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Full Length Play (approximately 60 minutes)
1 woman, 5 either gender, extras possible.
Adapted by Jeff Gottesfeld and Elizabeth Wong. From the book by Josh Hanagarne.
A play about the power of books, muscles and human kindness. Josh (or Jo, since almost any role can be cast male or female) is the children's librarian at a poor public library facing a huge budget crisis. He's also a power lifter, pumping iron in the library basement and running a video blog about young adult and children's books, weights and life. Kids flock to his unconventional story time and check out books by the dozens. All but one kid, that is—a loner named Mr. T (or Ms. T), who has the loud tics of Tourette syndrome. Slowly, Josh and Mr. T form a friendship, and Mr. T finally ventures to Josh's basement gym, where a friendship is born. The stakes go up when the town says the library needs to close for monetary reasons. This hits Josh and the kids hard and leads to them staging a '60s-inspired Read-In rather than letting their library be shut down. At the play's end, a Sixth Sense-like ending reveals the true identity of Mr. T. The World's Strongest Librarian will get kids pumped up to read, to work themselves into shape and especially to be kind to others. Simple, flexible staging.
About the Author
Jeff Gottesfeld is a noted writer of fiction (Anne Frank & Me), plays (A Heart Divided), film (Broken Bridges) and television (The Young and the Restless). Gottesfeld has gained a reputation for honest dialogue and for entertaining, balanced writing about difficult issues. His work has won multiple awards from the American Library Association, the National Council for the Social Studies, the Writers Guild, and the Academy of Television Arts and Sciences. He lives in Los Angeles.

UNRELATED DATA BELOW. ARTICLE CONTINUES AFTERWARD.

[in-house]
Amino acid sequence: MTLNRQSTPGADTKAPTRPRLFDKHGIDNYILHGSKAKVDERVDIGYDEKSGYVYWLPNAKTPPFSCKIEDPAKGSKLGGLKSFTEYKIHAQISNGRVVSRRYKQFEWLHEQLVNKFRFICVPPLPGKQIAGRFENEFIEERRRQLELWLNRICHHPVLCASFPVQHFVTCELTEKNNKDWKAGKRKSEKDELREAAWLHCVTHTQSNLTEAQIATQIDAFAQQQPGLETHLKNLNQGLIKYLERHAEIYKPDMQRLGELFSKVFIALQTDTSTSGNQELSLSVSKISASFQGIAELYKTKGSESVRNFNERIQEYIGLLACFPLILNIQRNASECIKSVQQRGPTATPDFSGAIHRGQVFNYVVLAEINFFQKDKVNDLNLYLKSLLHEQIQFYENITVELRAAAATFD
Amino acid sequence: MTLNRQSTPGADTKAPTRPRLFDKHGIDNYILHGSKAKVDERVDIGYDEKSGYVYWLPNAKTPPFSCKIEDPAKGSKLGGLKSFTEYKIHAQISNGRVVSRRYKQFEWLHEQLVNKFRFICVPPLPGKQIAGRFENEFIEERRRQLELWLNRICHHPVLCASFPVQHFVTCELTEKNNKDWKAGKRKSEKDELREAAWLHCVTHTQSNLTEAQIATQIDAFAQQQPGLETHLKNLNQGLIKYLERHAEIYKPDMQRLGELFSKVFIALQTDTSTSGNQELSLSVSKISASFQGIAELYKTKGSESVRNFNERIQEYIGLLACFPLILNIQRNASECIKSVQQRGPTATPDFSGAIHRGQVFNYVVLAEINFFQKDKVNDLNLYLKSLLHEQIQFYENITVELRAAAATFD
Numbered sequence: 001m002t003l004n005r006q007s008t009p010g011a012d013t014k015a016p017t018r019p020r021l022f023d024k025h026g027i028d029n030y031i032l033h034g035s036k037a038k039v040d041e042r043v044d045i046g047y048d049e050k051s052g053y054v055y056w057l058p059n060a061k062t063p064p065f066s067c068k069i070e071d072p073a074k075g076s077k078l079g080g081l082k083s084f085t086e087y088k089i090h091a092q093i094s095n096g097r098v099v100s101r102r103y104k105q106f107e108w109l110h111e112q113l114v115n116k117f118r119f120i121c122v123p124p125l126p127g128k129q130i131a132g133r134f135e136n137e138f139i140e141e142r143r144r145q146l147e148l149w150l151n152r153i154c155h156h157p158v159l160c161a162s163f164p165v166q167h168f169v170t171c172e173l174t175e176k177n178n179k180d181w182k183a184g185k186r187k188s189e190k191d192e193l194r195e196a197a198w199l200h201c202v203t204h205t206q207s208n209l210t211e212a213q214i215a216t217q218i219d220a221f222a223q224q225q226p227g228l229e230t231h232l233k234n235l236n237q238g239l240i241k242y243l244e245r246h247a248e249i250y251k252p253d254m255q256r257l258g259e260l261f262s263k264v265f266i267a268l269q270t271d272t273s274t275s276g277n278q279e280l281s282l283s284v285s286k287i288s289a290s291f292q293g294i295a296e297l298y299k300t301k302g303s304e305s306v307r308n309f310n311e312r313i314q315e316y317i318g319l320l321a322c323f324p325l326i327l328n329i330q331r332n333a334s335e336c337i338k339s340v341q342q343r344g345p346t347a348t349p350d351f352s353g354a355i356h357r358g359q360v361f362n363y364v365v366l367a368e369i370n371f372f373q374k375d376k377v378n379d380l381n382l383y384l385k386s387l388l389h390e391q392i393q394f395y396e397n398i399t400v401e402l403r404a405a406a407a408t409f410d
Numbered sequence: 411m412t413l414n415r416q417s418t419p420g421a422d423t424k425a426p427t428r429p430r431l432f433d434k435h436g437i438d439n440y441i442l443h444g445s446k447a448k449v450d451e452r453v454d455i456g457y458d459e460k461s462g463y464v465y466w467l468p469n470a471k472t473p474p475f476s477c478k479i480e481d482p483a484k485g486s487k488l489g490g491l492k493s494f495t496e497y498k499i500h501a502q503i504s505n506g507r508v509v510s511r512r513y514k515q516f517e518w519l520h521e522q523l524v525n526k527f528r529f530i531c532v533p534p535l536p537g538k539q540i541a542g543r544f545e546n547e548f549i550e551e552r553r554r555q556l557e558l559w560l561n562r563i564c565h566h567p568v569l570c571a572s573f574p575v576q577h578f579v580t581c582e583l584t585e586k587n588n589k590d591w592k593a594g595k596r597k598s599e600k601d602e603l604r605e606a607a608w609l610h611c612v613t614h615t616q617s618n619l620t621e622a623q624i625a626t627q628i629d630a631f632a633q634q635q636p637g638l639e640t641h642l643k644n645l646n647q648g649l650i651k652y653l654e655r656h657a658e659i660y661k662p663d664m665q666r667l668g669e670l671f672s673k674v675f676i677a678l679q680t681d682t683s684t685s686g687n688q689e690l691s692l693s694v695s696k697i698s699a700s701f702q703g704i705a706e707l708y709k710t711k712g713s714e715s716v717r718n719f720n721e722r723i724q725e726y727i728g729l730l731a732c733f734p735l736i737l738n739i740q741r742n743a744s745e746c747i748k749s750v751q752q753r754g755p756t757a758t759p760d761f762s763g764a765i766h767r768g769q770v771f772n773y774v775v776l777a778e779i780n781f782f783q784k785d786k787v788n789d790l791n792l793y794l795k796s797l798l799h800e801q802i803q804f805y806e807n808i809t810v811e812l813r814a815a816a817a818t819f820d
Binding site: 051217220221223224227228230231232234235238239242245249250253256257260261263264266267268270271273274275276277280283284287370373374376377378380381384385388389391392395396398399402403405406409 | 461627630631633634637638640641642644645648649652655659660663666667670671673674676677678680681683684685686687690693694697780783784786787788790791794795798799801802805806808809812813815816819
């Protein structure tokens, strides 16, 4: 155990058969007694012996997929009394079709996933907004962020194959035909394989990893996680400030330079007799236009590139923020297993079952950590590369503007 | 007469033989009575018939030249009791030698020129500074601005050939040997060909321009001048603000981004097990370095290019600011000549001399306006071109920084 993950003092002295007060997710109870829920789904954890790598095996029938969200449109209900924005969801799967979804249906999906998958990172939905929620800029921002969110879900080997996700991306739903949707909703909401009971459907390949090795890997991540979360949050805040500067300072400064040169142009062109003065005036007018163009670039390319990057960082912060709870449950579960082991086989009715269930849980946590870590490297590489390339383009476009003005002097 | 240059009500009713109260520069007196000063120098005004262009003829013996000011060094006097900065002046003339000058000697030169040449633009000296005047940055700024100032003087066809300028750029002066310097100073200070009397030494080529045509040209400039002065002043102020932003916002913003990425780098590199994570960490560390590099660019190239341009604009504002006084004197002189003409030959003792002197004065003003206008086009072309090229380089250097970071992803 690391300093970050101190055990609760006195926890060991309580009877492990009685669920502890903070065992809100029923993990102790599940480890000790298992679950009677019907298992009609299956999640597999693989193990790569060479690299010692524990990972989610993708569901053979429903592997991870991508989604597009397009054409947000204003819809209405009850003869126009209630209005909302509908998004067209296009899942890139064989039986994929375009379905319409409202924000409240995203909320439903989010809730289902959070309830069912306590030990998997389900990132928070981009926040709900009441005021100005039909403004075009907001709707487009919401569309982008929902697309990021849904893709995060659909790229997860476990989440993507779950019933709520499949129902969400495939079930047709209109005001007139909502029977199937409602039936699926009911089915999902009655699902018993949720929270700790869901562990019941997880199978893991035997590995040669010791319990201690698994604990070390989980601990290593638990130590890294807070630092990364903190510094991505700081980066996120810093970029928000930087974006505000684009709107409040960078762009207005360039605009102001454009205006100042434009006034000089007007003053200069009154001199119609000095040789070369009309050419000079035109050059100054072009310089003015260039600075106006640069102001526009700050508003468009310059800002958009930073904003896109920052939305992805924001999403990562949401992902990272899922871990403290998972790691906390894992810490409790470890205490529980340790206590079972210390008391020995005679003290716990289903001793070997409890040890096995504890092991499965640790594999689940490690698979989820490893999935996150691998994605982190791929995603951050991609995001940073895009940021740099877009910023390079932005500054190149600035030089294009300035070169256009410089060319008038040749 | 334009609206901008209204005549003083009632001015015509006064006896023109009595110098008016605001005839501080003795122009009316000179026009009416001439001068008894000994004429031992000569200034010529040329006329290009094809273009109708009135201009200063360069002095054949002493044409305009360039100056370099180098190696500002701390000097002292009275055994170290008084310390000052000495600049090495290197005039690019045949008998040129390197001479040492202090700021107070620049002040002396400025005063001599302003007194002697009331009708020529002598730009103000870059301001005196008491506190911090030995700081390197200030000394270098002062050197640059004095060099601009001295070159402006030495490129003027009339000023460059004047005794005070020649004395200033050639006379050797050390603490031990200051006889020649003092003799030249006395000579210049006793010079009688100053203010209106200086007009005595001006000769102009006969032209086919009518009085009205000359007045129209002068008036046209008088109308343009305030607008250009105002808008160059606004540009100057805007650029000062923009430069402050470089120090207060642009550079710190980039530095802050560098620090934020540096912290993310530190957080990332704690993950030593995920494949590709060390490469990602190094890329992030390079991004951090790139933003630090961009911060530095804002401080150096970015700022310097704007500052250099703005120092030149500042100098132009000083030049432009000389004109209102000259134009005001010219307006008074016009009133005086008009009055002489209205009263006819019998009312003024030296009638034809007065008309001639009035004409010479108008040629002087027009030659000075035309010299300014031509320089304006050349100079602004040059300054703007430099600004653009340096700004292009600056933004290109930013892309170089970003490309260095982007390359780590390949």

Elizabeth Wong, playwright, is a graduate of New York University's Tisch School of the Arts. She directed her latest play Dating and Mating in Modern Times at Theatre Emory in Atlanta, Ga and at the 2003 Brave New Works Festival. The Happy Prince, her opera for young audiences with Grammy-winning composer Michael Silversher, was commissioned by the Kennedy Center and performed on the millennium stage at the 2003 Prelude Festival in Washington DC. Her play Kimchee & Chitlins: (A Serious Comedy About Getting Along) premiered at Victory Gardens Theatre in Chicago and her award-winning Letters to a Student Revolutionary premiered Off-Broadway, New York City. Other plays, include: Badass of the RIP Eternal, Punk Girls, and China Doll. She has just been commissioned by Honolulu Theatre For Youth to write Ibong Adarna, a play with songs, and by Denver Center Theatre to write an adaptation of Goloshes of Fortune to commemorate the 200th birthday of Hans Christian Anderson. Other commissions: Actors Theatre of Louisville, Cincinnati Playhouse in the Park, Denver Center Theatre, Mark Taper Forum, among others. Grants: Rockefeller Foundation, National Endowment of the Arts, Yaddo Colony, and A.S.K. Nautilus Music-Theatre Projects. She is a former Los Angeles Times editorial columnist and a Disney Writers Fellow, with TV credits, including ABC's ground-breaking sitcom starring Margaret Cho, All-American Girl. She is a member of PEN, Writers Guild of America, The Dramatists Guild, and newly-elected to the board of ASSITEJ. She lives in Los Angeles with her two cats inherited from the late great actress Claire Trevor. Her papers are archived at the Davidson Multi-cultural Library at the University of California in Santa Barbara where she teaches playwriting.